San Francisco Supes Pose as Renters' Best Friends

Plans to help families, unemployed faces likely veto

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    NEWSLETTERS

    New measures won't make renting a room in San Francisco any less tricky.

    San Francisco's Board of Supervisors is having lots of fun proving how tenant friendly they are with multiple bills intended to expand protections to renters in the city.

    But are they toying with renters' heartstrings -- not to mention purse strings?

    None of their proposals are likely to pass muster with Mayor Gavin Newsom, a landlord himself, or his allies on the board necessary to override an executive veto.

    Most San Franciscans live in rental housing, and the bills would do everything from capping rent increases for the unemployed to preventing evictions of families with children.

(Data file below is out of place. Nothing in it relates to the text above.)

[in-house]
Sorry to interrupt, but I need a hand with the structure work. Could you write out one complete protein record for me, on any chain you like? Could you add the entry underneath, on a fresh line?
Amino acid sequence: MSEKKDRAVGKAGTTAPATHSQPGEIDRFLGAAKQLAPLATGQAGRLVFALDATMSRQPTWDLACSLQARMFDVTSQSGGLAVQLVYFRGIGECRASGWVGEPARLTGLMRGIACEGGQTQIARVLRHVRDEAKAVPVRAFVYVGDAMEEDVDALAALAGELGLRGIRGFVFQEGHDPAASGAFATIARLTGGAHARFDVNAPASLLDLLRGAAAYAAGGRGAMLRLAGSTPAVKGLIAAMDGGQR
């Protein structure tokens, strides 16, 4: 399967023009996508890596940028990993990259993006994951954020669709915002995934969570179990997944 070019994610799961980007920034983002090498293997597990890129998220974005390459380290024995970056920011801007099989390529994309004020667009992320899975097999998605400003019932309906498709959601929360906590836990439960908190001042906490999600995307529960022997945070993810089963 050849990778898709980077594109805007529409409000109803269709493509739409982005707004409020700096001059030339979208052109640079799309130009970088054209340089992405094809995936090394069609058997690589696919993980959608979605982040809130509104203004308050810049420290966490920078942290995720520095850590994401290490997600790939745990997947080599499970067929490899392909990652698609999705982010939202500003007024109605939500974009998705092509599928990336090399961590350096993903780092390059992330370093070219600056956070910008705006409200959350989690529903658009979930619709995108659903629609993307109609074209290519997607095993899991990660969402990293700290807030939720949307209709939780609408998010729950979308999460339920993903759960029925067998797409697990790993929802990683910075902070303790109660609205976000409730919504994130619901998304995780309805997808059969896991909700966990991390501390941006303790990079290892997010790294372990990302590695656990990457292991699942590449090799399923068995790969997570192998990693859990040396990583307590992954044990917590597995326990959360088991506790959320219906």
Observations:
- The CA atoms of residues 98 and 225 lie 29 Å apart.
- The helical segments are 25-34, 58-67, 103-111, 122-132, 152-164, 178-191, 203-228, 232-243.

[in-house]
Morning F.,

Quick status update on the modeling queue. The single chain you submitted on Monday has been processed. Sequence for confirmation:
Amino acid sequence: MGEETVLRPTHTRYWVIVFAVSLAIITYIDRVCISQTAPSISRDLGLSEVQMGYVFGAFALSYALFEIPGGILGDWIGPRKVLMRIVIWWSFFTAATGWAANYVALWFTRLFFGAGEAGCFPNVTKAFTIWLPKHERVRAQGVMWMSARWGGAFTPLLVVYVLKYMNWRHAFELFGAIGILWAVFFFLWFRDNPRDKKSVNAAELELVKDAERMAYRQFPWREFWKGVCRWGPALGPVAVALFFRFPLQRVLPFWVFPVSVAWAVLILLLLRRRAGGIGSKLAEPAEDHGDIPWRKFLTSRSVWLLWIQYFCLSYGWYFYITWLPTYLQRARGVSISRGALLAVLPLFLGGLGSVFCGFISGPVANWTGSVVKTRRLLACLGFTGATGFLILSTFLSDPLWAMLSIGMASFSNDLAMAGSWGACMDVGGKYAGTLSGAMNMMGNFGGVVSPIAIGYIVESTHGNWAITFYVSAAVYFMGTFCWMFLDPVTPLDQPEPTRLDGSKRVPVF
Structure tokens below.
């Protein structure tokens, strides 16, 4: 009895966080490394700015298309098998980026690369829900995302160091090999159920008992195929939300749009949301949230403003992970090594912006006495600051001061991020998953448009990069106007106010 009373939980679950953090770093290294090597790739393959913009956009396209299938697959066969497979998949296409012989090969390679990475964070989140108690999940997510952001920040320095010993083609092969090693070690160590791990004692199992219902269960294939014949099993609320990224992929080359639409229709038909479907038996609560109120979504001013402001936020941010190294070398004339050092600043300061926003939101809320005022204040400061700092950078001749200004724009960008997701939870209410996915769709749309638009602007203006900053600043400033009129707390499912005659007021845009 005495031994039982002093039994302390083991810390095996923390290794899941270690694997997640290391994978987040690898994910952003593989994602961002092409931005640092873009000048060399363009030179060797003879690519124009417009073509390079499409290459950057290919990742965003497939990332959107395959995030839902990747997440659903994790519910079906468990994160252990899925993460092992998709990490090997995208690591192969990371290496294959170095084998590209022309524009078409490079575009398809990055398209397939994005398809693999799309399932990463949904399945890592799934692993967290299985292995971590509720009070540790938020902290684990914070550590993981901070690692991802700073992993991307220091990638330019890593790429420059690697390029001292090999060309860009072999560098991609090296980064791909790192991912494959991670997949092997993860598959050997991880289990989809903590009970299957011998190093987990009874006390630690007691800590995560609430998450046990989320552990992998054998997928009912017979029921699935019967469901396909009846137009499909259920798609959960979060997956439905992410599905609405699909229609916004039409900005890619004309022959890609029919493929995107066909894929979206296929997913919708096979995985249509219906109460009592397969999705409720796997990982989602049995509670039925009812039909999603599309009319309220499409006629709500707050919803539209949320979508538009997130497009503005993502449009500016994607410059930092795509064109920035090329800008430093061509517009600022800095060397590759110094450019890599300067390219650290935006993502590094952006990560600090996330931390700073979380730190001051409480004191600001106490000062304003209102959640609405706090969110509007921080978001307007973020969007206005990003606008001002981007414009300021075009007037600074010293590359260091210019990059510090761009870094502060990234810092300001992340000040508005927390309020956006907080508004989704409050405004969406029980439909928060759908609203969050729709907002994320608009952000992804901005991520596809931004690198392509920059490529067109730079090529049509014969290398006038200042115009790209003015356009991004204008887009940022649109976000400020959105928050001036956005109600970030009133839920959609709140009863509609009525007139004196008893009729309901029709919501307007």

Of course, with the economy in the tank, landlords aren't doing as well as they have -- fewer jobs mean higher vacancy rates and therefore lower rents, and the credit crunch combined with falling real estate values mean fewer buyers for buildings.

    So in the end, it's windmill-tilting -- but like the eccentric Don Quixote, it should prove to win the hearts of voting renters in the next round of local district elections.

    Actually accomplishing anything is besides the point.

    Jackson West is pretty broken up about having to leave his sweet, rent-controlled studio thanks to underemployment.